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2 Things: Work-Energy theorem and parabolic trajectories.

  1. Oct 5, 2005 #1

    When reading through the work-energy thread, i just got reminded of something bugging me for quite a while. I don't think this is mentioned in the work-energy thread, firstly, how can we show that,

    [tex] \int f \bullet ds = \Delta E [/tex]


    I've heard that there's a way to show that when only one force acts on a particle or something, the particle follows a parabolic trajectory. Is there a way to show this?

  2. jcsd
  3. Oct 5, 2005 #2


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    Science Advisor

    If there is a constant (non-zero) force acting on something, it follows a parabolic trajectory. That's because, taking the x-axis perpendicular to the constant force, integrating a constant twice (from [itex]\frac{d^2y}{dt^2}= \frac{F}{m}[/itex] to [itex]\frac{dy}{dt}= \frac{F}{m}t+ v_0[/itex] to [itex]y= \fra{F}{2m}t^2+ v_0t+ y_0[/tex]) we get a quadratic in t while x, with 0 acceleration, is linear in t.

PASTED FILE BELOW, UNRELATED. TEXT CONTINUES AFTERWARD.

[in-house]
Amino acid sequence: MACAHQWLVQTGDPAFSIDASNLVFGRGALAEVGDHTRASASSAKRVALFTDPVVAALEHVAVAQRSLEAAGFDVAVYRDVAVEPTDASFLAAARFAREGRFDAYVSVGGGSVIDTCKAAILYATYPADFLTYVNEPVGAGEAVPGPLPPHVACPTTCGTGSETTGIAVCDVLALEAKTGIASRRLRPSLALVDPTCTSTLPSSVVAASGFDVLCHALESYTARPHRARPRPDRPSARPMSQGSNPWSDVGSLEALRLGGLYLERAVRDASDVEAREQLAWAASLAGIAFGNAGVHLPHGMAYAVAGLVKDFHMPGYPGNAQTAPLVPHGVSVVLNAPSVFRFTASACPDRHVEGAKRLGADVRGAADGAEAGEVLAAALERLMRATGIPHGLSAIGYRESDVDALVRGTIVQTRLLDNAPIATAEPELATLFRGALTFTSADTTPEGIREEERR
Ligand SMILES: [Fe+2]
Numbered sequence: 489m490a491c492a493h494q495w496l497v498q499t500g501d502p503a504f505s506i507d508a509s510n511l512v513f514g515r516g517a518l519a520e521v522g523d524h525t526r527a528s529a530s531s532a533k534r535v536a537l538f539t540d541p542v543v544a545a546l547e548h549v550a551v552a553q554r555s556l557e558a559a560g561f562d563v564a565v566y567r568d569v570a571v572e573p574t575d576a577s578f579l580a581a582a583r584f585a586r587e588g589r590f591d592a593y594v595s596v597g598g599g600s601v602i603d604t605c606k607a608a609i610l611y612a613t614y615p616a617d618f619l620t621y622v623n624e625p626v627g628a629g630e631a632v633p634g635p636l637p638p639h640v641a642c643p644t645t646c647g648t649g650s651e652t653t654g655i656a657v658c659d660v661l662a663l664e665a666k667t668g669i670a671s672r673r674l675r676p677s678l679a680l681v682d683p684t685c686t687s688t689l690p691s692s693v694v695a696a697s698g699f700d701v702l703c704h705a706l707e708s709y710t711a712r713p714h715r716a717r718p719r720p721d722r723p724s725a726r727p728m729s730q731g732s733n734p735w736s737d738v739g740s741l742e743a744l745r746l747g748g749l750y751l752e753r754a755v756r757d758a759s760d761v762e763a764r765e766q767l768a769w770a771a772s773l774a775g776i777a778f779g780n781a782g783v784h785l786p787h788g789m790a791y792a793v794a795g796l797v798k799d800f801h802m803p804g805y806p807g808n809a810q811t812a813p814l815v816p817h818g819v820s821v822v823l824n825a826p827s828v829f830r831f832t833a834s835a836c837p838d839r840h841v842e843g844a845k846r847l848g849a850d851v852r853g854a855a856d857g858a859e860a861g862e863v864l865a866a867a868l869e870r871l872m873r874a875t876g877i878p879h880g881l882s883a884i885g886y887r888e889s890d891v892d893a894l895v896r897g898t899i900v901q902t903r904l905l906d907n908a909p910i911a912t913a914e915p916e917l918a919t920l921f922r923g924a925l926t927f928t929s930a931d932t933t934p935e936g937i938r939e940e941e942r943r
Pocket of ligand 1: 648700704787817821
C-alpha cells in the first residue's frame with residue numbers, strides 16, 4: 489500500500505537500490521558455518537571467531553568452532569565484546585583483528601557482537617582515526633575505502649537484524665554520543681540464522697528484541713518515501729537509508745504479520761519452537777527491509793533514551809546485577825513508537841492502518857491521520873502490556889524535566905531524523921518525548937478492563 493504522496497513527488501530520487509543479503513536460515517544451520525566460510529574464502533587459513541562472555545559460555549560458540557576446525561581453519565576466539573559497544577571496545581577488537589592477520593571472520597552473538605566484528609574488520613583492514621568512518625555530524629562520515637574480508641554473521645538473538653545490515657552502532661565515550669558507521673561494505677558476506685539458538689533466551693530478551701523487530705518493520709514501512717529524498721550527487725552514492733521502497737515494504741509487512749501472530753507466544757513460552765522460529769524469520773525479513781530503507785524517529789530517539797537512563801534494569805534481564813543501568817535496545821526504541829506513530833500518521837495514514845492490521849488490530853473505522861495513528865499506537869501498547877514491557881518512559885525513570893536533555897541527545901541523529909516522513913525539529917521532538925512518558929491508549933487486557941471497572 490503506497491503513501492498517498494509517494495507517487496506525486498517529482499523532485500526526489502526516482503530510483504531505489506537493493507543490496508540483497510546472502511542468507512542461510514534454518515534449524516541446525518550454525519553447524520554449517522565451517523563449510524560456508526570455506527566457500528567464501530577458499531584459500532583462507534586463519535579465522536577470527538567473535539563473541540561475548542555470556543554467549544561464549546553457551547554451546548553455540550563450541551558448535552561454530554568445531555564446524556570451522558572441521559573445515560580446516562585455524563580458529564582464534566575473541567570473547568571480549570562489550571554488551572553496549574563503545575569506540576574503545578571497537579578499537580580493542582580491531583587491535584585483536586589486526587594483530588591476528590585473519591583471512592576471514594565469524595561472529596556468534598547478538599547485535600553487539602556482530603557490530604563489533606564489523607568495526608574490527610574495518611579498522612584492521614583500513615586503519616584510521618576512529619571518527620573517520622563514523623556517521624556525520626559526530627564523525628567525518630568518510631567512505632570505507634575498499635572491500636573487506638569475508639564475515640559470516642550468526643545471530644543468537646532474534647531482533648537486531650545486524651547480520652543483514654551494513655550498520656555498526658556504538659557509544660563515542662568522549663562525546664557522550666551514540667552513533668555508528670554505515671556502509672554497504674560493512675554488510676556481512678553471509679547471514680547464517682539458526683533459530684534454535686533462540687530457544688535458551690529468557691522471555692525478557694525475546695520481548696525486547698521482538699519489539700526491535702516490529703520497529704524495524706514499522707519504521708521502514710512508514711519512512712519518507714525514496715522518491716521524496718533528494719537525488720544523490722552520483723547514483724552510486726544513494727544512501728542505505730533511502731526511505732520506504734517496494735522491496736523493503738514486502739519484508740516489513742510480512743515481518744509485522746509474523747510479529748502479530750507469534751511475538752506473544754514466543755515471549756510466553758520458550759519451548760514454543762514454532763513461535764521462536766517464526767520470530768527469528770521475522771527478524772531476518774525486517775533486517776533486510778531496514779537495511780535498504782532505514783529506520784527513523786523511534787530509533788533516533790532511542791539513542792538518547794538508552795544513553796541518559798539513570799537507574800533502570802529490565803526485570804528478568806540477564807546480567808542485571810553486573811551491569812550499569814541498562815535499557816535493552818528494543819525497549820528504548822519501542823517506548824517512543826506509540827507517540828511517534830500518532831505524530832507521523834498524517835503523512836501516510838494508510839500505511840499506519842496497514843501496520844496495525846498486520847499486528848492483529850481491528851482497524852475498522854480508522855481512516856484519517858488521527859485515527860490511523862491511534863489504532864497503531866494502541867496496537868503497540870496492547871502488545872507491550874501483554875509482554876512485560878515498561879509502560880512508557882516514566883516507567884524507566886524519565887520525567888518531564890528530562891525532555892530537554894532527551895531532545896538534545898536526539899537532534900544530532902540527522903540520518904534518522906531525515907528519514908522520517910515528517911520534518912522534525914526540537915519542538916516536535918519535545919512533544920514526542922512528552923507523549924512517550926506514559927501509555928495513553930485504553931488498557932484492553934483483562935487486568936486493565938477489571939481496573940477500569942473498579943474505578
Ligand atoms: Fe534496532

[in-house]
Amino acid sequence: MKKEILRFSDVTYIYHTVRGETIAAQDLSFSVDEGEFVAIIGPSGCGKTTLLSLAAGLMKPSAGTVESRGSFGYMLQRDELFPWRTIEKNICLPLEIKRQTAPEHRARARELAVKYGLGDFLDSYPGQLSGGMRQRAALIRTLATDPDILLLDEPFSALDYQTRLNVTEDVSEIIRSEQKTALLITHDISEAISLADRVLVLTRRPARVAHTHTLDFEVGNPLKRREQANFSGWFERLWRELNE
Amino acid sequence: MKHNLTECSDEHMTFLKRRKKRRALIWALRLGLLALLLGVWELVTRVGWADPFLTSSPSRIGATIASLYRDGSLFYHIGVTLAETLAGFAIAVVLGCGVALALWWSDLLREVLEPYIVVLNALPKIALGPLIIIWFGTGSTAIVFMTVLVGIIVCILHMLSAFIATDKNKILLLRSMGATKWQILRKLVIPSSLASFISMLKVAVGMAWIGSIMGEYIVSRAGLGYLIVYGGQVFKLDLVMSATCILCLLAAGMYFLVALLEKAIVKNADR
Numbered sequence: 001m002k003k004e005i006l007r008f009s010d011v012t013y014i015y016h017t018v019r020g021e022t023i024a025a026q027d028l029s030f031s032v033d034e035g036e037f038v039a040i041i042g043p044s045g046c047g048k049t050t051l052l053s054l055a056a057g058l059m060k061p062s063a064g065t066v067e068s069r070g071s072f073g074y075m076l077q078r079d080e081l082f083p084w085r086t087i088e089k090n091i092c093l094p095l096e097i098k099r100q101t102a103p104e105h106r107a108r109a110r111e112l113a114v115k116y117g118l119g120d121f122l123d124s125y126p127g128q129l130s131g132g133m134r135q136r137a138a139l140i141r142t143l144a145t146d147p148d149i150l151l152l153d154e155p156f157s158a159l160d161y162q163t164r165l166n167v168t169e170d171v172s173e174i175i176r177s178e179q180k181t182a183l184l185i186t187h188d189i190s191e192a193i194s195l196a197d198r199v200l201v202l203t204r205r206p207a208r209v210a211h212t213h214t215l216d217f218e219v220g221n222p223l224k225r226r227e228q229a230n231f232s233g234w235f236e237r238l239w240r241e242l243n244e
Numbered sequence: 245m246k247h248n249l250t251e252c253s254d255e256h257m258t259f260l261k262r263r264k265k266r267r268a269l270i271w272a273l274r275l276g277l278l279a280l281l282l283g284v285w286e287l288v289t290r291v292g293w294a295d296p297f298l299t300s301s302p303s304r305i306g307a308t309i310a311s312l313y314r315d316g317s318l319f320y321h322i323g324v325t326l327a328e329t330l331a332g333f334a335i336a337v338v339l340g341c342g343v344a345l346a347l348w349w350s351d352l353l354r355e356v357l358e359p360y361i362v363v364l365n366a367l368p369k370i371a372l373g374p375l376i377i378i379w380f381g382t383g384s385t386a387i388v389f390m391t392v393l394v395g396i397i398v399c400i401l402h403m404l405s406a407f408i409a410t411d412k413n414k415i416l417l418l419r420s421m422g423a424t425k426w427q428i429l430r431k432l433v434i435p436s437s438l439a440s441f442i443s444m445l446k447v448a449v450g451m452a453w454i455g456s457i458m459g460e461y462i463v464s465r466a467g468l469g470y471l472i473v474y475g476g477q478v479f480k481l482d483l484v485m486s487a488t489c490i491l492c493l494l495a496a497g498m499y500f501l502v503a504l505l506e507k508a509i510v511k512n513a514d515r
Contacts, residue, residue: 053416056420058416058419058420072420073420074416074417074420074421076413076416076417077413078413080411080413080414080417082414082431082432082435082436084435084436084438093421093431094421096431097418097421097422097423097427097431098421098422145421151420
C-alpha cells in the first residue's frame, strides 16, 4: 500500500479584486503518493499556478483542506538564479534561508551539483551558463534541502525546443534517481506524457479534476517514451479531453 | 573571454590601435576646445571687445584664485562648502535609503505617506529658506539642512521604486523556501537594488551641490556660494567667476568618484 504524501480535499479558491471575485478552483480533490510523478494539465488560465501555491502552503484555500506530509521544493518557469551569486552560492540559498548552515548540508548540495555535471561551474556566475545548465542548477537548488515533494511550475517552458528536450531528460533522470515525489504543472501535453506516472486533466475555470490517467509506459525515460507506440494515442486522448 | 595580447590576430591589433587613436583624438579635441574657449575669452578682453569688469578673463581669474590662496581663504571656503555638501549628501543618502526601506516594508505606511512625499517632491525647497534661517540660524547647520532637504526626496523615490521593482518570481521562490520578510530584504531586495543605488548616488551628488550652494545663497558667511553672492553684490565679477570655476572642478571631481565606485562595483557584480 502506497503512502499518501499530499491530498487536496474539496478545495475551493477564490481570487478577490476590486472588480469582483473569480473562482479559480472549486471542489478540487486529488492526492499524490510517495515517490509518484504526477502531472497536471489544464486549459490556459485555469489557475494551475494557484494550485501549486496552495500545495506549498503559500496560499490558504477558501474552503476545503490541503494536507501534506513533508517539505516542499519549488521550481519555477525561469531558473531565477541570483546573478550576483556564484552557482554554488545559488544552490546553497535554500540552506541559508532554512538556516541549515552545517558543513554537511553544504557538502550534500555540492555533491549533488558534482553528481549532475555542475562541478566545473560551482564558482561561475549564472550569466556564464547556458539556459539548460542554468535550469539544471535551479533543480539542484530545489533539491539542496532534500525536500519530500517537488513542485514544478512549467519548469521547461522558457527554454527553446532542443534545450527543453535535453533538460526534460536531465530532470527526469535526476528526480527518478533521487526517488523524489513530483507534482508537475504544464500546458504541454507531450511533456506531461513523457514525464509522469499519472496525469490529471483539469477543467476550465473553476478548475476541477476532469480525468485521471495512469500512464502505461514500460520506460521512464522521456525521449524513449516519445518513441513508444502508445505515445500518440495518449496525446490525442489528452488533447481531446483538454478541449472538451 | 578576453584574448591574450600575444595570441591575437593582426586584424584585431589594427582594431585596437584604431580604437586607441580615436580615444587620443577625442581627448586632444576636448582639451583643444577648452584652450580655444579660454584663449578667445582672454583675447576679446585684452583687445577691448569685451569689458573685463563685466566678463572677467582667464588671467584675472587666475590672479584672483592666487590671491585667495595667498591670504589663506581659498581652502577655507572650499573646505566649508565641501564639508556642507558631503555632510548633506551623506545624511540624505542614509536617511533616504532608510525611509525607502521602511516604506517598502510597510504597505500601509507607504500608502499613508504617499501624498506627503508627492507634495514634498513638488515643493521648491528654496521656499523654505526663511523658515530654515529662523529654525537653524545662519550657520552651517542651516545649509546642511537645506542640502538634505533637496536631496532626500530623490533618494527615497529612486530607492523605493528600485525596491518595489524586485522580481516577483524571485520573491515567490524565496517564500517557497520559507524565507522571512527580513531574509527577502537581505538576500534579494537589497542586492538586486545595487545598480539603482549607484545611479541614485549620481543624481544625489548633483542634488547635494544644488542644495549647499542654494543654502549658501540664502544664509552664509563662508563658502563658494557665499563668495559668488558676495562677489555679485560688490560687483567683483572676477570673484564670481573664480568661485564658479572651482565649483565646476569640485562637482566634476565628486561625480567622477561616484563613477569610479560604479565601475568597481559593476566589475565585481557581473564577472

(There's always "only one force" on something- the net force.)
  4. Oct 5, 2005 #3
    ohhhh ok, that helped alot, thanks..

    Anyone with the work question?
  5. Oct 5, 2005 #4

    Claude Bile

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    Science Advisor

    You can't derive the work formula, as it is a definition. You can, however justify why the definition is a good one with a little bit of logical reasoning.

  6. Oct 6, 2005 #5

    Doc Al

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    Staff: Mentor

    But you can certainly derive the Work-Energy theorem. Taking the simplest case, where the direction of the net force remains fixed:
    [tex] \int f \bullet ds = \int m a \bullet ds = m \int \frac{dv_s}{dt} ds = m \int v_s \ dv_s = \Delta (1/2 m v_s^2) [/tex]
  7. Oct 7, 2005 #6
    oh ok thanks, that's what i'm looking for.

    : )
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